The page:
French Ad Shocks, but Will It Stop Young Smokers?

PARIS — A new French antismoking advertisement aimed at the young that plays off a pornographic stereotype has gotten more attention than even its creators intended, and critics suggest that it offends common decency and creates a false analogy between oral sex and smoking.

quit smoking ads

France has banned smoking in cafes, bars and restaurants. But smoking is still increasing among the young in France, according to the French Office for the Prevention of Smoking, prompting an antitobacco organization called Droits des Non-fumeurs, or Nonsmokers’ Rights, to create the ad.

The slogan is bland enough: “To smoke is to be a slave to tobacco.” But it accompanies photographs of an older man, his torso seen from the side, pushing down on the head of a teenage girl with a cigarette in her mouth. Her eyes are at belt level, glancing upward fearfully. The cigarette appears to emerge from the adult’s trousers.

Two other ads show young men in the same position as the girl, though the adult is wearing a suit jacket and a watch.

Marco de la Fuente, vice president of BDDP & Fils, the advertising firm that created the campaign, said the ads were not designed either “to please or to shock people, but to change, to put back into the news a topic we don’t talk about enough, which threatens young people.”

According to the French Office for the Prevention of Smoking, between 2004 and 2007, and 2008 and 2009, the percentage of daily smokers among French 14-year-olds rose to 8 percent from 5 percent; among 16-year-olds, it increased to 18 percent from 14 percent. A quarter of 18-year-olds are daily smokers.

“The younger you begin to smoke, the stronger the addiction,” Mr. de la Fuente said in an interview. “But young people think they’re invincible. They like to flirt with danger.” He added that young people saw smoking as a symbol of emancipation, a passage to adulthood and a “transgressive act.”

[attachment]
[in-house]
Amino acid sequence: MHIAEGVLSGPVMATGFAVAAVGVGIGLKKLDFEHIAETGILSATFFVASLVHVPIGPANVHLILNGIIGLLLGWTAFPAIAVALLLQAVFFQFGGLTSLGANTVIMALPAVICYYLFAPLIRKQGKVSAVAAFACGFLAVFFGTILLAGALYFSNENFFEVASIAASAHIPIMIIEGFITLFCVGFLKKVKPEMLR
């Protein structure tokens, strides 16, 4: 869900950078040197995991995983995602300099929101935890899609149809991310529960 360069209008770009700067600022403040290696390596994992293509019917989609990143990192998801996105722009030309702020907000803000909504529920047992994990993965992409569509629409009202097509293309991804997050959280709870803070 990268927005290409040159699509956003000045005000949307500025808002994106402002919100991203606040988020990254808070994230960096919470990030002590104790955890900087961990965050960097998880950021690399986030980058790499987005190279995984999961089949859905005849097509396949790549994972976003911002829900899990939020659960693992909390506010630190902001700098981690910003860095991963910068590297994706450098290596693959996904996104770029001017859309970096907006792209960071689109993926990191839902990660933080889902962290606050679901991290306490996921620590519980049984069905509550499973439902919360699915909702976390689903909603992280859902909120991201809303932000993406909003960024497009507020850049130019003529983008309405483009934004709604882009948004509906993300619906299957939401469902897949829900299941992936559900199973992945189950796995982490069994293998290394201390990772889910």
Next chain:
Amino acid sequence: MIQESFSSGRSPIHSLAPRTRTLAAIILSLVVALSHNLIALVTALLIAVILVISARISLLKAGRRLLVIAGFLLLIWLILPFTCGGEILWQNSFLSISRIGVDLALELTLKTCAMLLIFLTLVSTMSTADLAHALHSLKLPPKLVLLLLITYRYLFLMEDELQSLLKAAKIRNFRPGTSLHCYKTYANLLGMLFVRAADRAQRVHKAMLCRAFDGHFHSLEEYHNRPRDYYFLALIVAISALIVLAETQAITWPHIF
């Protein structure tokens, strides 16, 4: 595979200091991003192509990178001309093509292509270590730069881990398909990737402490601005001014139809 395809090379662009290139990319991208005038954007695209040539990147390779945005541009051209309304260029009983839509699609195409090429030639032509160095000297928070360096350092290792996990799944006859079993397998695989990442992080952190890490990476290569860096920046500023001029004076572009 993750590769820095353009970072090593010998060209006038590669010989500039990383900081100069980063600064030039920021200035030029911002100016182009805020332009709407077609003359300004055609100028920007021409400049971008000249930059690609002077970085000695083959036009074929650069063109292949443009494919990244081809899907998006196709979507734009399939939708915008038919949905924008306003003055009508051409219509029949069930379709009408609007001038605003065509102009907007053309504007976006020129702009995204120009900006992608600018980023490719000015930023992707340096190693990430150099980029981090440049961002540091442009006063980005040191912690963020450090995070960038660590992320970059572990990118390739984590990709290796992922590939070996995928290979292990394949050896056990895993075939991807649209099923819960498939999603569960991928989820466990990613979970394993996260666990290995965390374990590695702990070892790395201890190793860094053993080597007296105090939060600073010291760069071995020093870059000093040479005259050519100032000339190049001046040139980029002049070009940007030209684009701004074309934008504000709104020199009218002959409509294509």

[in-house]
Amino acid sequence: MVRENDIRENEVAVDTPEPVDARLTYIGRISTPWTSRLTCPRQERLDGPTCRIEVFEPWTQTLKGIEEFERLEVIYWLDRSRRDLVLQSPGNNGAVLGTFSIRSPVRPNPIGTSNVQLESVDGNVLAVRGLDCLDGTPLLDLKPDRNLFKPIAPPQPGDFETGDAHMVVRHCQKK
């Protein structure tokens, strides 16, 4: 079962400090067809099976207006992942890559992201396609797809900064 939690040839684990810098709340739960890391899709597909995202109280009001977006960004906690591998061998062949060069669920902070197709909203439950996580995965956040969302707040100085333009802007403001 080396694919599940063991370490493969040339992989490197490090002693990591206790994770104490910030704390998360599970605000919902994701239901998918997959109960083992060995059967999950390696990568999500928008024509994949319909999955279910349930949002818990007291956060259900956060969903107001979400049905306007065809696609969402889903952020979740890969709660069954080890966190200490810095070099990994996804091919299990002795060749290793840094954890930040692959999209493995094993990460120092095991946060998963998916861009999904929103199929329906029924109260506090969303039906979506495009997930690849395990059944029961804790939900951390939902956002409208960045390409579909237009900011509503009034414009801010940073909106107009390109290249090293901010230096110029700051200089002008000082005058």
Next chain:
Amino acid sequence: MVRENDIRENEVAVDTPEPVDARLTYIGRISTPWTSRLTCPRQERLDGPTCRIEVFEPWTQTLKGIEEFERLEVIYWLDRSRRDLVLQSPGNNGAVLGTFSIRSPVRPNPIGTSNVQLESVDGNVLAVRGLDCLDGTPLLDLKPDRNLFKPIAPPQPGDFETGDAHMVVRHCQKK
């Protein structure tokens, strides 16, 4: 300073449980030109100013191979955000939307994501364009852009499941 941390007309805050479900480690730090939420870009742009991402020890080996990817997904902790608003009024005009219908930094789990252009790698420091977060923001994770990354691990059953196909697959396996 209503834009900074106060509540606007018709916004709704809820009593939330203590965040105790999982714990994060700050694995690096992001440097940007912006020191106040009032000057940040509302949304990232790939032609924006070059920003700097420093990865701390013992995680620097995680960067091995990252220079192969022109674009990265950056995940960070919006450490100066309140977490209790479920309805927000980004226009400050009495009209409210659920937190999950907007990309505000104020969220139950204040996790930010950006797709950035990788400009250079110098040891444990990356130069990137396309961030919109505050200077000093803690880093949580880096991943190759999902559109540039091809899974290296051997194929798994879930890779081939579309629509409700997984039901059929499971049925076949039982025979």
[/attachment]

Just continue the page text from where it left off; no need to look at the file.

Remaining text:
The ads, he said, try to convince them that smoking is “an act of naïveté and submission.”

He continued: “We can’t be tepid on this subject; we have to hit hard. We are working against years of myth on the basis of films and stars, and we fight against this with zero euros.”

But the reaction on the Web site of Droits des Non-fumeurs has been mixed. One comment read, “The campaign trivializes sexual abuse — worse, it implies guilt on the part of the abused.”

Florence Montreynaud, the president of La Meute des Chiennes de Garde, or the Pack of Female Watchdogs, which opposes symbols of sexual violence in films and advertising, called the ads “unbearable” and said “what is most shocking is the banalization of sexual violence.”

She is a feminist, she said, and a longtime member of Droits des Non-fumeurs. “But it is terrible to represent in the public space this kind of image restricted to pornography,” she added. “I’m appalled. It’s a poverty of imagination. When people have no ideas, they use female bodies.”

Nadine Morano, the secretary of state for the family, said she wanted the campaign to stop, saying she found the symbolism intolerable. “One can shock on the issue of tobacco, that doesn’t bother me, but there are other campaigns to do instead of this one,” she told Radio Monte Carlo.

The president of Droits des Non-fumeurs, Gérard Audureau, said the campaign was started after being viewed favorably by high school students. For 18 years, he said, “we did it gently, on the health aspect, with deteriorated lungs, but young people feel invincible, immortal.”

The newspaper Le Parisien quoted him as saying: “Using sex is a way to get their attention. And if it’s necessary to shock, let’s shock.”

Bertrand Dautzenberg, president of the French Office for the Prevention of Smoking, doubted the ads would work. Quoted in Le Parisien, he said, “This will shock adults while not scaring kids.”

February 23, 2010

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